Sledge Hammer Swings. This core abs exercise allows us to be a little more dynamic by actively twisting and turning the torso in the opposite direction of the band. When you step out further you get more resistance. You work the abs real good here because they are working hard to control rotation. Our feet remain firmly planted on the ground and there isn’t any active contribution of the hip flexors. The hip flexors work to stabilize, but the key is they aren’t working dynamically during the movement.
Jump Out Variation. This is a little more dynamic and explosive. You continue to keep your hands out in front of your body while working on the anti-rotation of our core. You jump out and try to stick the landing without allowing the band to pull you back. The band is eccentrically working the abs. The band will pull you back a little, but the key here is you are keeping the hip flexors from being too involved.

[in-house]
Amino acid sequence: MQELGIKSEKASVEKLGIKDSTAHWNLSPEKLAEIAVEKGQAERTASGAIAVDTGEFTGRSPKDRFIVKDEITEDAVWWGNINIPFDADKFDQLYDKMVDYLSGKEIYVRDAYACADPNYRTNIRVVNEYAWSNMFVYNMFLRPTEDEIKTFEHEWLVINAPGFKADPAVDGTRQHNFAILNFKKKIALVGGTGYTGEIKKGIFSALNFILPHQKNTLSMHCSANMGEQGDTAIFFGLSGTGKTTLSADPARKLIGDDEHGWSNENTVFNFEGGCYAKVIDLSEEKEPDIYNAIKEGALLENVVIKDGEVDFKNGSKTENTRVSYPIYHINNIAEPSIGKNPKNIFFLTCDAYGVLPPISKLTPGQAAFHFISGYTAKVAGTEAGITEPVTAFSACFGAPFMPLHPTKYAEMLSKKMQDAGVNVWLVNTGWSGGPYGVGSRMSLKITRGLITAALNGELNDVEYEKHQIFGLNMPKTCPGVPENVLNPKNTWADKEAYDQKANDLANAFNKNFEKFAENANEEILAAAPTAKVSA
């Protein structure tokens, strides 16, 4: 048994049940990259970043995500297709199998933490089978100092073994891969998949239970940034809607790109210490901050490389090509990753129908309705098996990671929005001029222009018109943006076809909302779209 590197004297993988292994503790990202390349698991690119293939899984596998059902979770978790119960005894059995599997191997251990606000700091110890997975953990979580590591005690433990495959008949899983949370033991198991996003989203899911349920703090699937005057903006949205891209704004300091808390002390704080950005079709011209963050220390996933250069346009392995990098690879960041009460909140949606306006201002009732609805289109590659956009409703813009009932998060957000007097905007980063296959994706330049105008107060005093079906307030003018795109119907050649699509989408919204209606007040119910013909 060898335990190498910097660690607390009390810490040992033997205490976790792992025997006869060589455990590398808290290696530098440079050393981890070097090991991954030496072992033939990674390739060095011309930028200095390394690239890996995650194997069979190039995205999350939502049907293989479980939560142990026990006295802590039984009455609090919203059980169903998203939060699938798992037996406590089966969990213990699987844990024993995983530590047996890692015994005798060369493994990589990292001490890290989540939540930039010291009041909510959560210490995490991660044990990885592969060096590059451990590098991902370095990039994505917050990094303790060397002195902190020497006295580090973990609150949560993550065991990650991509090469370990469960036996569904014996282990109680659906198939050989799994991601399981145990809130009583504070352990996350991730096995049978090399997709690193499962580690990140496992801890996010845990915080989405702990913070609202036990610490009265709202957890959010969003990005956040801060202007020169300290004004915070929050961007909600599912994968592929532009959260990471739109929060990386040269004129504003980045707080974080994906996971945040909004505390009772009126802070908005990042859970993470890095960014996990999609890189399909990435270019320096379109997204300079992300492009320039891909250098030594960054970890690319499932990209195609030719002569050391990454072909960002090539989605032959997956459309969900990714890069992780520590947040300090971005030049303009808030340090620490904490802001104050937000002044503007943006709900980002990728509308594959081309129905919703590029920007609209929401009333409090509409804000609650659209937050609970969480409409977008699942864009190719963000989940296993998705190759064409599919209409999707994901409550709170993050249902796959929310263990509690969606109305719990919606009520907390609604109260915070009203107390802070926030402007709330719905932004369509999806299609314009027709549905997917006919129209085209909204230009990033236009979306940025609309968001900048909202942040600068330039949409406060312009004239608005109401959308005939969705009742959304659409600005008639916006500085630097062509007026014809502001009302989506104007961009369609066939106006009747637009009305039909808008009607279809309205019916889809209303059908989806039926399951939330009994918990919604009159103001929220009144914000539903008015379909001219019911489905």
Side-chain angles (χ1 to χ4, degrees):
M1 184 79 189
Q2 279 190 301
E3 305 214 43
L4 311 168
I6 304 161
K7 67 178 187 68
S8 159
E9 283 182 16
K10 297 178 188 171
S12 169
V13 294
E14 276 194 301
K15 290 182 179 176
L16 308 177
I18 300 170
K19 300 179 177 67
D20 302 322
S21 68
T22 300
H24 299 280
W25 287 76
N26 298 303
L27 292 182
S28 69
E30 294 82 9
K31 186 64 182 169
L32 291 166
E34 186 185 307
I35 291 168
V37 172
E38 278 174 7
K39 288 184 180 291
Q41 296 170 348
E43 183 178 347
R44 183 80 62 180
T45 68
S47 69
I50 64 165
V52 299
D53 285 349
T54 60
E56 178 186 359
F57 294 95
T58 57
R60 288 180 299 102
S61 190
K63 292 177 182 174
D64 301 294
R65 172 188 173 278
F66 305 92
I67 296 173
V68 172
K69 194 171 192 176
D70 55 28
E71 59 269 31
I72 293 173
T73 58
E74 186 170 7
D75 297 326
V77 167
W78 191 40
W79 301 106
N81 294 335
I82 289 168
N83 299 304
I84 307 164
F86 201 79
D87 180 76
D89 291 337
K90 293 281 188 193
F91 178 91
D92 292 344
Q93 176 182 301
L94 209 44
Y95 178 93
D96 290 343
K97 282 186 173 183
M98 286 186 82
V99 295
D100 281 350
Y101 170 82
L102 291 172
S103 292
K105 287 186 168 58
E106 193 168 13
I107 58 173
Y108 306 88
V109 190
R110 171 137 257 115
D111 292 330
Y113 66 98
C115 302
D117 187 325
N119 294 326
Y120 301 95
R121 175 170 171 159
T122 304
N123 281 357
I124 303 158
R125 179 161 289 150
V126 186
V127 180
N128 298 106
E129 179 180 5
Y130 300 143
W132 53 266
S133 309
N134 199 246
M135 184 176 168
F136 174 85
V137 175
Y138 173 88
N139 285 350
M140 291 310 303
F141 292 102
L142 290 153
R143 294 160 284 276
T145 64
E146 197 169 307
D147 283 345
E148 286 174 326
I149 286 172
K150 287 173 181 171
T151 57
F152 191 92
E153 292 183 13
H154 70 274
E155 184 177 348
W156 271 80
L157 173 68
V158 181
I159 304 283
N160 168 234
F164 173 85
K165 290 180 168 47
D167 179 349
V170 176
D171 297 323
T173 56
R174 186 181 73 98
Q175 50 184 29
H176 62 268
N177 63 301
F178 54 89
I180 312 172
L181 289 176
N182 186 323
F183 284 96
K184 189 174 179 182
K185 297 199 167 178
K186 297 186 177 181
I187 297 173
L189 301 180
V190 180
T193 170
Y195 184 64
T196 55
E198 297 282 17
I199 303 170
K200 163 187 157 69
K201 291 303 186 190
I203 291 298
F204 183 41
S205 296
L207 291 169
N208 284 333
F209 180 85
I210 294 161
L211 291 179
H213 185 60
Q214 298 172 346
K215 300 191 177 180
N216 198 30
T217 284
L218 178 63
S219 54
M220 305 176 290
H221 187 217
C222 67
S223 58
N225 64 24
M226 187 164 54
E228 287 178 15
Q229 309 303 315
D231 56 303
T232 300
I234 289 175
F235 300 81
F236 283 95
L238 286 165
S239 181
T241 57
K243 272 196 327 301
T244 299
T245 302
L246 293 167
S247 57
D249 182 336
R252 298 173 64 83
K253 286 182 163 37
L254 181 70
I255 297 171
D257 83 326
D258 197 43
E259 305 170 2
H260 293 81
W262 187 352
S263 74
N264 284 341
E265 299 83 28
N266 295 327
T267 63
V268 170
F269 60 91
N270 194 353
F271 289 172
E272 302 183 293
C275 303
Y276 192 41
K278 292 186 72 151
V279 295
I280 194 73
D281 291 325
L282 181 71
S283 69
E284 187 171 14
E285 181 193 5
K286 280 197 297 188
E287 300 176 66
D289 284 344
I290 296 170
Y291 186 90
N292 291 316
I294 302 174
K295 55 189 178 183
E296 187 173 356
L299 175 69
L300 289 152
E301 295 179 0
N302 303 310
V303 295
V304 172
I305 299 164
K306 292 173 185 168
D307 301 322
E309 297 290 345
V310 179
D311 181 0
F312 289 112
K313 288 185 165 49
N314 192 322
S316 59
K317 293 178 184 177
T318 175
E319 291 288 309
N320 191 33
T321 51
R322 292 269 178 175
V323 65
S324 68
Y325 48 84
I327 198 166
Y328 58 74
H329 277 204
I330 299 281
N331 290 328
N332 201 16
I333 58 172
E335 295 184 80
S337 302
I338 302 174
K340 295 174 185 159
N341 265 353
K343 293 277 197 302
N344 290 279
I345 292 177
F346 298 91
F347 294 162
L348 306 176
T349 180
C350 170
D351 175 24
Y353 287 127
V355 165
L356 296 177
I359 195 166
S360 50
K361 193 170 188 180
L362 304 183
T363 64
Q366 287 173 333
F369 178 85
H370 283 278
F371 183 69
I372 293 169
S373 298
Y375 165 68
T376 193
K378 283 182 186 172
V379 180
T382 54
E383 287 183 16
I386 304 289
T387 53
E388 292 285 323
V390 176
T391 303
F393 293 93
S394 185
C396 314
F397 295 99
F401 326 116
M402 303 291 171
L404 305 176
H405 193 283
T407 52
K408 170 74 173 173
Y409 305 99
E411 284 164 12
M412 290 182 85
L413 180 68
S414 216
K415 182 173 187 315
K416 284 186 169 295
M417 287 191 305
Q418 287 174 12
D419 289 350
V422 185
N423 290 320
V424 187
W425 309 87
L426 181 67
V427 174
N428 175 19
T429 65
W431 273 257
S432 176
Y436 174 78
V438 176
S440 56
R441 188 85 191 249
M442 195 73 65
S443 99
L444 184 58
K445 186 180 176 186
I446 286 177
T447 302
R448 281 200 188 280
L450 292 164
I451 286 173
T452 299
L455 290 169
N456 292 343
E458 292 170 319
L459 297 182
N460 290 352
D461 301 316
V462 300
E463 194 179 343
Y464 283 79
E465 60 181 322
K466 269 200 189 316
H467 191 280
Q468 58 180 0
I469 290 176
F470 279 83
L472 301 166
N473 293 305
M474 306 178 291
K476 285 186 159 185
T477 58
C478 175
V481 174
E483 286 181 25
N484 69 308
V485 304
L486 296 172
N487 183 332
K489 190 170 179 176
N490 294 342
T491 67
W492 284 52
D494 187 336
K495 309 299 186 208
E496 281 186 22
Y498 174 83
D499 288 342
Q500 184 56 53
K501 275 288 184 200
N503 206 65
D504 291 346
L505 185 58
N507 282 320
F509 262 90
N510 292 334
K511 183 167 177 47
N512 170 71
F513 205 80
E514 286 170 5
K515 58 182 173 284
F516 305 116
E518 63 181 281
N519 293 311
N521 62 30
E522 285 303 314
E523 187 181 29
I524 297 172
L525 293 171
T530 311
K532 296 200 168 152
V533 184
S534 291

Suitcase Carry. Remember, it’s all about stabilizing your core. Many people don’t realize this is a great core abs exercise. Here, you have a heavy dumbbell on one hand and you’re trying to walk as straight as you possible can. The goal is to keep the shoulders level. Your abs in front, spinal erectors in back, and obliques on the side are working hard to keep you upright.
Side Plank Leg Lift. This is a frontal plane motion that gets our stabilizers working hard, hitting them from a different angle. We get into a side plank and this can be tough for most people. For others that really need a challenge, try to lift your leg up. This is much harder because you can’t push through the floor with two feet. Just using one leg really works the pillar strength on the bottom side.
This can be especially effective if you’re someone that is suffering from low back pain when you are doing your ab workouts or you’re just feeling really tight in your lower back every time you do a traditional core abs exercise.
So, if your hip flexors are tight, you may not be able to fix them just by stretching. You may have to look a little deeper. You may have muscles that are weak and you need to figure out what muscles are kicking in to help out. So, when it comes to mobility, there isn’t a one single answer to a problem (ie just stretching more won't necessary solve your problems).